Highlight so far? Watching B hit his ring hand on just about every rock in the room (think outdoor shower) and anything hard at the resort. Bless his heart, it made him so frustrated. "I keep dinging it!" he'd say. First time for jewelry. He'll learn, dings happen! Nothing you can do.
We spend some time in the afternoons floating around our bay, or taking the Hobie Cat out for a spin, sitting by the gorgeous pool, or just laying in our lounges under the beach hut in front of our villa. Corona Ad, Take 5!

Each night before dinner, B would shower and sit outside with a book or magazine in his fabulous LDB robe with a run cocktail and enjoy the sunset while I got ready. In our newly married life, I've decided we definitely need robes, rum, and a back porch. Always.

That night, we had dinner on the beach, a fabulous thing LDB does where they actually set up a table for you on the beach with tiki torches and white linens...quite possibly the most romantic thing I can imagine. We dined on lobster and steak (and yes, more pina coladas for me) just inches from the water with the stars glowing above us. Heaven.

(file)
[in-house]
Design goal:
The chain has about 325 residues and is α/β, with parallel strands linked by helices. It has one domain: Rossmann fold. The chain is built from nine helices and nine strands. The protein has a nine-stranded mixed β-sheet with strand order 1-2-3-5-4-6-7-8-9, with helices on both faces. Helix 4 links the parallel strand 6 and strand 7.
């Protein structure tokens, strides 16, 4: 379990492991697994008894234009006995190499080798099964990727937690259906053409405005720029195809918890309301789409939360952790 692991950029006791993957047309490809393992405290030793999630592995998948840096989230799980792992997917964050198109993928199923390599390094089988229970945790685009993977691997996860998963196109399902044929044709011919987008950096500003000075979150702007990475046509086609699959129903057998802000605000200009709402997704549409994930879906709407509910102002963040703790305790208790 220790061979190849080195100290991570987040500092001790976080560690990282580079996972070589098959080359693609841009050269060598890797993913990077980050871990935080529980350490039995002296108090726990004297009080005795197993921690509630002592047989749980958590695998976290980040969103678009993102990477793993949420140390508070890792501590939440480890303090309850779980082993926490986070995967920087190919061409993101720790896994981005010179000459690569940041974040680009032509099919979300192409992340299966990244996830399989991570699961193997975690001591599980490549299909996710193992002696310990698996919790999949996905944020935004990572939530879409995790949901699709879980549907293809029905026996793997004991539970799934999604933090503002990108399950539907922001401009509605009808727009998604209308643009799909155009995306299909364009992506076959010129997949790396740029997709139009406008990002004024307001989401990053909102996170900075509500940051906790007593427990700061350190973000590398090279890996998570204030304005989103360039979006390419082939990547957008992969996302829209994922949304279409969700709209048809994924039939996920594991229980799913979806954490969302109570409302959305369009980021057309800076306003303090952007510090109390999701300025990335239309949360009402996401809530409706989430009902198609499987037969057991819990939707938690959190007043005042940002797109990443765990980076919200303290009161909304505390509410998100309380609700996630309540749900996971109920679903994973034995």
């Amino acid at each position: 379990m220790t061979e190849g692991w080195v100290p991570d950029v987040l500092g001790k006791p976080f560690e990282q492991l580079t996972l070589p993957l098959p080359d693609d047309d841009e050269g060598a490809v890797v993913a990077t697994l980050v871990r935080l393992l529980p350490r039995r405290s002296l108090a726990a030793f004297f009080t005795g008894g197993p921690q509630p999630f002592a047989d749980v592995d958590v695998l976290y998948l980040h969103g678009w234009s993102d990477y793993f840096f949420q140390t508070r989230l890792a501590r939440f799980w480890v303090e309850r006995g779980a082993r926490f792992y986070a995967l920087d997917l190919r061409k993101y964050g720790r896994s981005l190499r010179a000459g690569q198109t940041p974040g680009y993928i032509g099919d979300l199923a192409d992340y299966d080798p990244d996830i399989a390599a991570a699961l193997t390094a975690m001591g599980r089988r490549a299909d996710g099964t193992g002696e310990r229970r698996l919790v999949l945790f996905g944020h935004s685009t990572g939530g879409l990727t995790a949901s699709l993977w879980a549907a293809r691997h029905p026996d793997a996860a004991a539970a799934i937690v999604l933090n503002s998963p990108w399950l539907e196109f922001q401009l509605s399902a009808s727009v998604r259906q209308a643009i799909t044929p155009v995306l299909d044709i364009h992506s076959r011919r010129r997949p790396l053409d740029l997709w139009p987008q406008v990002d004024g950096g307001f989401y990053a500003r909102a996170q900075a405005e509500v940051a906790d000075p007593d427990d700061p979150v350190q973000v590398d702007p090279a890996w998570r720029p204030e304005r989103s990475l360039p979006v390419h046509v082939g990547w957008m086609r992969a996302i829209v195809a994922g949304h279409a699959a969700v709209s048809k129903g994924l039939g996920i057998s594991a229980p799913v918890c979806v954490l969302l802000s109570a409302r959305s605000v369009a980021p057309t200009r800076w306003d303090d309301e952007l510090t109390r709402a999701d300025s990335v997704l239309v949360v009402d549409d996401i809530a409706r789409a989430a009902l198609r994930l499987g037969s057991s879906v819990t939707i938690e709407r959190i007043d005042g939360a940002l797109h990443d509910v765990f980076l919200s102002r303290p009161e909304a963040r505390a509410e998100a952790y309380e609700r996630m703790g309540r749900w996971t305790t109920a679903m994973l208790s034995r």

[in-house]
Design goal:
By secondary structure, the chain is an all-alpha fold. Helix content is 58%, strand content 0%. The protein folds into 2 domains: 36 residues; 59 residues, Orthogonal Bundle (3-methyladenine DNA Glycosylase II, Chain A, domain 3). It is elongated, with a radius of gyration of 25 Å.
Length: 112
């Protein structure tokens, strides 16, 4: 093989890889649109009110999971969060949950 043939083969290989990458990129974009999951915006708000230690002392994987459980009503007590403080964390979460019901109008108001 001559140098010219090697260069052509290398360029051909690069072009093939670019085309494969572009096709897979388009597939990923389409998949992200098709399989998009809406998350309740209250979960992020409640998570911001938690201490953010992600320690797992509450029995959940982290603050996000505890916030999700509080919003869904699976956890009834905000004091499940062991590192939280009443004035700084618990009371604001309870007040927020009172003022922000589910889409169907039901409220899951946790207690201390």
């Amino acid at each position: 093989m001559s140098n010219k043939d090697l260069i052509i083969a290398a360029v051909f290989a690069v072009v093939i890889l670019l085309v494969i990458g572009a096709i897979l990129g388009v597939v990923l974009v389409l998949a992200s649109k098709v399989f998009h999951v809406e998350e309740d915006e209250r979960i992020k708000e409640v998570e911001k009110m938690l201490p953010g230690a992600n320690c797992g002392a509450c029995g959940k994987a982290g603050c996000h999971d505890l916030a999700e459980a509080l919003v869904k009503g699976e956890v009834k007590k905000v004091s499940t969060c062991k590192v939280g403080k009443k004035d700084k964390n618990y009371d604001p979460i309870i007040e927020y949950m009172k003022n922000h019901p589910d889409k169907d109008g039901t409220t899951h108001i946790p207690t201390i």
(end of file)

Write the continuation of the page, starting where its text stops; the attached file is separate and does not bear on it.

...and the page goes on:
The other nights, we dined in either the Pavilion (more casual) or the Sugar Mill (adults only, and toes-in-the-sand elegant. During the day, we either ordered room service breakfast or went to the buffet at the Pavilion, and often got lunch at the Beach Grill or packed for us in the picnic baskets that they'd prepare for you. We were on the "Full American" meal plan, which we soon realized was aptly named!

Thursday we did the beach lunch on a remote shore with some of the other people from our resort. They staff went ahead of us, setting up beach umbrellas, a delicious grilled spread, and a steel-drum band. We spent about three hours simply enjoying the music and exploring the beach. The best part? At one point, the sky opened up and rain began to pour down, despite the continued bright rays from the sun. B and I snuggled up under our umbrella and let the rain come. Amazing, and so cozy.